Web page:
antibody(redirected from antibody classes)
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When bacteria enter a flesh wound, a B cell releases antibodies, which attach to the bacteria and direct them toward a macrophage for destruction.
n. pl. an·ti·bod·ies
Any of numerous Y-shaped glycoproteins that bind to specific antigens and either neutralize them or cause them to be destroyed by other elements of the immune system, such as phagocytes, cytotoxic cells, or complement proteins. Antibodies occur as antigen receptors on the surface of B cells and are secreted as soluble proteins when the B cells mature into plasma cells. Antibodies are also called "immunoglobulins."
[Translation of German Antikörper : anti-, antagonistic (from Latin anti-, anti-) + Körper, body.]
n, pl -bodies
(Biochemistry) any of various proteins produced in the blood in response to the presence of an antigen. By becoming attached to antigens on infectious organisms antibodies can render them harmless or cause them to be destroyed. See also immunoglobulin
an•ti•bod•y(ˈæn tɪˌbɒd i)
n., pl. -bod•ies.
1. any of numerous protein molecules produced by B cells as a primary immune defense, each kind having a uniquely shaped site that combines with a foreign antigen, as of a virus or bacterium, and disables it.
2. antibodies of a particular type collectively. Also called immunoglobulin.
[1895–1900; translation of German Antikörper]
A protein produced in the blood or tissues in response to the presence of a specific foreign antigen. Antibodies provide immunity against certain microorganisms and toxins by binding with them and often by deactivating them. Also called immunoglobulin.
Did You Know? Antibodies are complex, Y-shaped protein molecules that guard our bodies against diseases. The immune system's B lymphocytes, or B cells, develop into plasma cells, which can produce a huge variety of antibodies, each one capable of grabbing an invading molecule at the top ends of the Y. The molecules that antibodies recognize can be quite specific—they might exist only on a particular bacterium or virus. When that bacterium or virus enters the body, the antibodies quickly recognize its molecules, as if a sentry recognized an enemy soldier from his uniform. Once the invader is caught, the antibodies may make it inactive or lead it to cells that can destroy it. High numbers of a particular antibody may persist for months after an invasion. The numbers may then get quite small, but the experienced B cells can quickly make more of that specific antibody if necessary. Vaccines work by training B cells to do just that.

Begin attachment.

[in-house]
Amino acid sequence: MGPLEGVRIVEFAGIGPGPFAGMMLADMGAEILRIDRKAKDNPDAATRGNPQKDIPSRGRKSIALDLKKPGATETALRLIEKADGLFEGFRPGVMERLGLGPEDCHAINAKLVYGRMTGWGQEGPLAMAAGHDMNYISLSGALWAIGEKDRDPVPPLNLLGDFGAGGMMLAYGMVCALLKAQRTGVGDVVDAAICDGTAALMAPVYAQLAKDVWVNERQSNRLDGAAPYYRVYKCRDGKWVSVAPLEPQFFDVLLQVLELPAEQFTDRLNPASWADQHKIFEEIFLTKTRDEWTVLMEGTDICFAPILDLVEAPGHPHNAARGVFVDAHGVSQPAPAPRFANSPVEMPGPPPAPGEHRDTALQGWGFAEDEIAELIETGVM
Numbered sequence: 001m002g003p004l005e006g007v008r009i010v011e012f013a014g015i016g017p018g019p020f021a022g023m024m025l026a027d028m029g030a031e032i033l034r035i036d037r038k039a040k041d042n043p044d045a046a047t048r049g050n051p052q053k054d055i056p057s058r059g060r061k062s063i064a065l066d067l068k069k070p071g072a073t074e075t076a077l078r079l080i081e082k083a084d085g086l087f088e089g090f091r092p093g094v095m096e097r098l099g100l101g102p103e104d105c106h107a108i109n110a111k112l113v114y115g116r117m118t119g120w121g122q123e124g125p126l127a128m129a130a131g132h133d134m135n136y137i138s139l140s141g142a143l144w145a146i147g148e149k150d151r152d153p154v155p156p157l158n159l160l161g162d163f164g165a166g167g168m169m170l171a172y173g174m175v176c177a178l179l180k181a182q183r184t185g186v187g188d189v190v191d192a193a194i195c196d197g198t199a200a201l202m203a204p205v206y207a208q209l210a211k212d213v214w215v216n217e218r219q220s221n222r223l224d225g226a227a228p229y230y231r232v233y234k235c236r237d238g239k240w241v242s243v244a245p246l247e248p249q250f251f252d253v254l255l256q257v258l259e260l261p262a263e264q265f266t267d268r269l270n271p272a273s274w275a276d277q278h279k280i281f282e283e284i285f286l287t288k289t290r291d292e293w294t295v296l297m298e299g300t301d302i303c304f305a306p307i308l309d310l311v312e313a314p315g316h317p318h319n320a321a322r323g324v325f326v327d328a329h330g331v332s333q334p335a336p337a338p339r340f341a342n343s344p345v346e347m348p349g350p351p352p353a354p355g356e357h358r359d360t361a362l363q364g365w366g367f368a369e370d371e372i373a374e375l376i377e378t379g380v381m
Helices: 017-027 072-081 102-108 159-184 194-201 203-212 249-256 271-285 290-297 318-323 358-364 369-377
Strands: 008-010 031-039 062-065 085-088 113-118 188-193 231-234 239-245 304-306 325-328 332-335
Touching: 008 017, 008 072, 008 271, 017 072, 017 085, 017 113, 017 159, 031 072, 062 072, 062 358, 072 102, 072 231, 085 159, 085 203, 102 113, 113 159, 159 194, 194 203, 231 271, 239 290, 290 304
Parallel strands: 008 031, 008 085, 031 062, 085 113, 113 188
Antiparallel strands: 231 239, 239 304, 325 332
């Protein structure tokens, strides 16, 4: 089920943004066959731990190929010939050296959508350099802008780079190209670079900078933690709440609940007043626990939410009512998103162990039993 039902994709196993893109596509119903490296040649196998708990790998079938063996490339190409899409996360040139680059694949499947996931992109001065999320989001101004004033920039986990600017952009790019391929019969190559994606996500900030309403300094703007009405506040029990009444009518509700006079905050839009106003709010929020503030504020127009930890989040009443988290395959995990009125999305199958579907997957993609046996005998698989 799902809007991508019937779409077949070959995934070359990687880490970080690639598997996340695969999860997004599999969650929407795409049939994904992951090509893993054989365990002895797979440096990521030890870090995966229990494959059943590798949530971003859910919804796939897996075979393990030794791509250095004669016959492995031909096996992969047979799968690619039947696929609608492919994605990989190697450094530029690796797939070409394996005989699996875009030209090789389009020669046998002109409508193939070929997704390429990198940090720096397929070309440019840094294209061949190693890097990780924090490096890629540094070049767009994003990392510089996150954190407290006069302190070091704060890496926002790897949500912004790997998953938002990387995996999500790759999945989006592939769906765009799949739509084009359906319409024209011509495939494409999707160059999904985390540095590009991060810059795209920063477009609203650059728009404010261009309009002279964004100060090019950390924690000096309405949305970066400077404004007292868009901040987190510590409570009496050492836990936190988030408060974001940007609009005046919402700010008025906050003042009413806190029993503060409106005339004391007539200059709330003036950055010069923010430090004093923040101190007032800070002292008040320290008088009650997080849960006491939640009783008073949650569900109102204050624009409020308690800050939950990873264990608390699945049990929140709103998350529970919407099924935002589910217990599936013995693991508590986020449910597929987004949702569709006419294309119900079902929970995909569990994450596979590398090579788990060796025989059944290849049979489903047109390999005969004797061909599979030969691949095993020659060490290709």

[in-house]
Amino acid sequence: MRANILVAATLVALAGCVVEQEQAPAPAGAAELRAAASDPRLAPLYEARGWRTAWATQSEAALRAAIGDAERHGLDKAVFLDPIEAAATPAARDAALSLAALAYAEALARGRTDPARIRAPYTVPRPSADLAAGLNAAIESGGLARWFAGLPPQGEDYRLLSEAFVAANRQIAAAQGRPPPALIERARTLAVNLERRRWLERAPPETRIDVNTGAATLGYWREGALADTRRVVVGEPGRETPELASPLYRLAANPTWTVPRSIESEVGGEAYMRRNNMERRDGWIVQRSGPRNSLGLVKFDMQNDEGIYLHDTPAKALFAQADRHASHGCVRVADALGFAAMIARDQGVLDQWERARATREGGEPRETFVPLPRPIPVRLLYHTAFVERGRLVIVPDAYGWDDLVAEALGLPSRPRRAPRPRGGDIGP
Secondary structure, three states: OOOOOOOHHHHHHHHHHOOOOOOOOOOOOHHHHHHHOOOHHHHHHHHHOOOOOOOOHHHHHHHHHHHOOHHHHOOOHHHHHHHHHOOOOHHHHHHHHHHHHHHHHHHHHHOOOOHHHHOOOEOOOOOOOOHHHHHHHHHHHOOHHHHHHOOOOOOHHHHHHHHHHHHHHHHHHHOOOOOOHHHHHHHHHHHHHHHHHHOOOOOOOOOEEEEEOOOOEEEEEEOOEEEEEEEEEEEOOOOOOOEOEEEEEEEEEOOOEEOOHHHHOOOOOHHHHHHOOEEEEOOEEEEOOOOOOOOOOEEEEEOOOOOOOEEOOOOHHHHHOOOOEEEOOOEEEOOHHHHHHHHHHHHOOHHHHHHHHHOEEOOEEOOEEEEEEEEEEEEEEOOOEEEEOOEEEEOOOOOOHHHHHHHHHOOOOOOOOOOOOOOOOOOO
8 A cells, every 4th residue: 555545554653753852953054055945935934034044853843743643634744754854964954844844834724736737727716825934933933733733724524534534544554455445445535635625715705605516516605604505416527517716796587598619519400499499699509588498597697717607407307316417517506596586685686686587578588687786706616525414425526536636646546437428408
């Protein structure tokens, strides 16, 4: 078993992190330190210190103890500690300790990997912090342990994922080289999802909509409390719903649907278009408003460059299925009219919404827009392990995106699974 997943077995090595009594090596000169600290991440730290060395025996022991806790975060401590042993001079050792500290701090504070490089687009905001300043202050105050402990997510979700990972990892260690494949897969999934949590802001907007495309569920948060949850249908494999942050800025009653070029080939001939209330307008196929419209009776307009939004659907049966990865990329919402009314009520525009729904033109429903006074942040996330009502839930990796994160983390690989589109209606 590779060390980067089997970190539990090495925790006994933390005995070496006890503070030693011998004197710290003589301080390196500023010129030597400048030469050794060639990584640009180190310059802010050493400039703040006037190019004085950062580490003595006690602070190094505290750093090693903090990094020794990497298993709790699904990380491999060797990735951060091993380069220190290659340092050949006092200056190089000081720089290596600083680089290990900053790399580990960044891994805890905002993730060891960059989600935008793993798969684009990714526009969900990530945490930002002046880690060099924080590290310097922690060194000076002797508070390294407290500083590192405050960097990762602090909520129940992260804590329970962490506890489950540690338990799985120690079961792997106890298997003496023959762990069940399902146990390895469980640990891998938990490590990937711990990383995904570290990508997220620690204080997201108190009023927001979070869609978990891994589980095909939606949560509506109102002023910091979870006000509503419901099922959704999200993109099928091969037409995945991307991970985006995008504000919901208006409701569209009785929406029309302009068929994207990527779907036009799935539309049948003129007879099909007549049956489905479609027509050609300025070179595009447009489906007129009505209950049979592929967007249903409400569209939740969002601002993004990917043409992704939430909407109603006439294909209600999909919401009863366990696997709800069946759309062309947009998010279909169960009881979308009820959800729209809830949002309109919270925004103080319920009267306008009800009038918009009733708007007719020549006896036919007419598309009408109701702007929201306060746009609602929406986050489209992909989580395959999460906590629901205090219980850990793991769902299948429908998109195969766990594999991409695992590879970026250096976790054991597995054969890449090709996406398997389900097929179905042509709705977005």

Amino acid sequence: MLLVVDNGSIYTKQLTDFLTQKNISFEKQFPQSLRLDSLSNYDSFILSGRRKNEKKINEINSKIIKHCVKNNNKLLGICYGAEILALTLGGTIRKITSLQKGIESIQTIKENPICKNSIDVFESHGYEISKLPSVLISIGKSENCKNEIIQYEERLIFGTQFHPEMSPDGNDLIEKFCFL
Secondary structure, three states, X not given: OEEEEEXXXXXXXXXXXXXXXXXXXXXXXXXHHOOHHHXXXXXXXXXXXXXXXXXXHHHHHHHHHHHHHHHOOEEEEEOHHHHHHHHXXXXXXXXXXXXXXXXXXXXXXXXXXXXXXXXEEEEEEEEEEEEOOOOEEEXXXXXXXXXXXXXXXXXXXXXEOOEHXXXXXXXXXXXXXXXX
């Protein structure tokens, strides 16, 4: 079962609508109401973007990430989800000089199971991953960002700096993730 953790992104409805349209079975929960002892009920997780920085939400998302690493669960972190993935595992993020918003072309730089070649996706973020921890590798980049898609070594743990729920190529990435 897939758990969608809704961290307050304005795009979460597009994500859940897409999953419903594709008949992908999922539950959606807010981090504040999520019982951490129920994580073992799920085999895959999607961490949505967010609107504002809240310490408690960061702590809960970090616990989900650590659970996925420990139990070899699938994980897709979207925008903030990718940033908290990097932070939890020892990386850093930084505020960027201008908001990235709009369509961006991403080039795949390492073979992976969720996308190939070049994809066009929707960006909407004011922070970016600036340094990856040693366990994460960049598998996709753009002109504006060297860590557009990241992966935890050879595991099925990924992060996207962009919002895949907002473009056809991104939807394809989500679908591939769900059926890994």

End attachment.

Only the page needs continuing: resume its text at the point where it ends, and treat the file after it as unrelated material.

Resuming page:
A protein released by blood cells to destroy invading foreign organisms or substances.
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|Noun||1.||antibody - any of a large variety of proteins normally present in the body or produced in response to an antigen which it neutralizes, thus producing an immune response|
active site - the part of an enzyme or antibody where the chemical reaction occurs
protein - any of a large group of nitrogenous organic compounds that are essential constituents of living cells; consist of polymers of amino acids; essential in the diet of animals for growth and for repair of tissues; can be obtained from meat and eggs and milk and legumes; "a diet high in protein"
autoantibody - an antibody acting against tissues of the organism that produces it
precipitin - an antibody that causes precipitation when it unites with its antigen
ABO antibodies - blood type antibodies
Rh antibody - rhesus factor antibody
antitoxin - an antibody that can neutralize a specific toxin
agglutinin - an antibody that causes agglutination of a specific antigen
Forssman antibody, heterophil antibody, heterophile antibody - an antibody found in the blood of someone suffering from infectious mononucleosis
alloantibody, isoantibody - an antibody that occurs naturally against foreign tissues from a person of the same species
monoclonal, monoclonal antibody - any of a class of antibodies produced in the laboratory by a single clone of cells or a cell line and consisting of identical antibody molecules
opsonin - an antibody in blood serum that attaches to invading microorganisms and other antigens to make them more susceptible to the action of phagocytes
antibody[ˈæntɪˌbɒdɪ] N → anticuerpo m
antibody[ˈæntɪˌbɒdɪ] n → anticorpo
antibody→ جِسْم مُضادّ للحيوِيّات protilátka antistof Antikörper αντίσωμα anticuerpo vasta-aine anticorps antitijelo anticorpo 抗体 항체 antistof antistoff przeciwciało anticorpo антитело antikropp แอนติบอดี antikor kháng thể 抗体
n. anticuerpo, sustancia de proteína que actúa como respuesta a la presencia de antígenos;
___formation → formación de ___-s;
cross-reacting ___ → ___ de reacción cruzada;
monoclonal ___ → ___ monoclónico, derivado de células de hibridoma.